With love & laughter,

Barbara Silkstone


18 Responses to If Jane Austen Came Back As A Ghost

  1. I think the movies would have interested and angered her. The visual interpretation would have been mesmerizing as movies generally are the first time one sees one. Then I think she would have been horrified at what was done to her characters and plots especially in renditions of Mansfield park. I am not sure she would have liked the JAFF. Most authors are very possessive about their characters and do not like seeing others use them. Modern authors have sued to have others cease doing so. To find her novels so well known and loved would have been humbling and gratifying but conflicts in emotions would make her long for the peace and quiet of the grave.

  2. Great post, Barbara! I’ve wondered this myself…I have to think it would be mind-blowing, at first, for her to understand that she is probably the most beloved of any author in literary history. Then once the initial shock passed, I think she’d get on to the humor and wit. 🙂

  3. Thanks for sharing the Nancy Hanks poem, Barbara. Like some of the others, I’d not come across it before, mainly because I’m a Brit, I guess! Love your adaptation to fit Jane Austen. Having read quite a few of her letters, I’m pretty sure she’d have something acerbic and witty to say about her posthumous fame, the dramatisations and JAFF. I wonder if she’d have a favourite dramatisation of each of her books? What would she think of something like Bride and Prejudice or Lost in Austen?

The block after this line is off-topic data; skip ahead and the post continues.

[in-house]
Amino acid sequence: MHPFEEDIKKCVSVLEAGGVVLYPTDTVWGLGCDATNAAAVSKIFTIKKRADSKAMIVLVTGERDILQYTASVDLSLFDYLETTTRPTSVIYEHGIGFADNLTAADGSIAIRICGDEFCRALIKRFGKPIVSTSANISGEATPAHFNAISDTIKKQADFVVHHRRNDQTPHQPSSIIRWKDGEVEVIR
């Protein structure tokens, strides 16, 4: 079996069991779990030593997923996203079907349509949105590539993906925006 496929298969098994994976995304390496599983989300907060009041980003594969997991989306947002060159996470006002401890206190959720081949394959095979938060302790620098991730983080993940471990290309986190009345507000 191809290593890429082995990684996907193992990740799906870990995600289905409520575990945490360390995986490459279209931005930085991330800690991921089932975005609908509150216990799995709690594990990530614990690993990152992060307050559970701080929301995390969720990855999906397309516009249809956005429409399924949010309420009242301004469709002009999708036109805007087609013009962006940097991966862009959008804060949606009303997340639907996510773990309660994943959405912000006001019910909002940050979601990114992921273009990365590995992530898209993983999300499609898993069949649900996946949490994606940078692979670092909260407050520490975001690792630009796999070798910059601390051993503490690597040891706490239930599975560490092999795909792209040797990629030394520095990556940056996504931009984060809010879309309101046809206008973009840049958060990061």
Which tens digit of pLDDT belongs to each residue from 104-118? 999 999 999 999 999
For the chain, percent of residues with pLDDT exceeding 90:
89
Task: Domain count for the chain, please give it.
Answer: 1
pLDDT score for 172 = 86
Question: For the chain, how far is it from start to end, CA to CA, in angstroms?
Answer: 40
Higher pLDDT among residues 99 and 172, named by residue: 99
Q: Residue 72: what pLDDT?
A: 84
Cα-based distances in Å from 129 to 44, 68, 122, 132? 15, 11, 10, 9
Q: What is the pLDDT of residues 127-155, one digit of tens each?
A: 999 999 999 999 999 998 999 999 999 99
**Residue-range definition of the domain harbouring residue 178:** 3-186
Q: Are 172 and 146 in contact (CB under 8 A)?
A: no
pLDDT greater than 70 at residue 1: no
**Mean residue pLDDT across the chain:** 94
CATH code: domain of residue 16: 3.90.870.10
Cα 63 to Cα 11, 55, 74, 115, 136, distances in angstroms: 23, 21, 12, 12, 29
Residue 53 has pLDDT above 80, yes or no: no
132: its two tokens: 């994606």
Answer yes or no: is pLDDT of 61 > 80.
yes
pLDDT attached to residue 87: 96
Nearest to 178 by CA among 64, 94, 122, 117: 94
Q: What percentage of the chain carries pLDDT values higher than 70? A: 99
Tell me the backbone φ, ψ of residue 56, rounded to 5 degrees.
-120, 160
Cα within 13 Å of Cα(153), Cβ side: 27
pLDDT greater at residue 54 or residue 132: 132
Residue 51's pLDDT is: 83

4. I haven’t read much poetry so the original was unfamiliar but your second poem was a good adaption to fit it to Jane Austen.
    I think it would be interesting if Jane Austen were to visit and see how loved her work has become and how many sequels have been made as well as all the movies. Who knows maybe she did become a ghost and has been watching over her books this whole time.

    • Caryl, Thank you. I do so love the Nancy Hanks poem. Did you know that Tom Hanks (the actor) is a descendent?

  5. What a great post. I’d never heard that poem. It seems very sad to me. I think, since Jane Austen doesn’t give the impression of having an over the top ego, she’d be very surprised. Then, she’d be proud. After that, she’d probably alternate between amusement and annoyance over all of the things we aren’t getting right about what she meant or envisioned. Overall, though, I think she’d be pleased. That’s my guess 🙂

    • Summer, Thank you. It would so lovely to see her reactions. I agree with you—she would be pleased. I

    • darcybennet, Thank you. I had fun playing with it. The Nancy Hanks poem has always haunted me, from the time I first heard it.

  6. Loved the poems! Thank you for sharing them. I also agree that our dear Jane would be most pleased.

    • Gianna, Thank you. I can just imagine her face. Perhaps a bit of amazement at some of the plots. She might say…Why I never thought of that!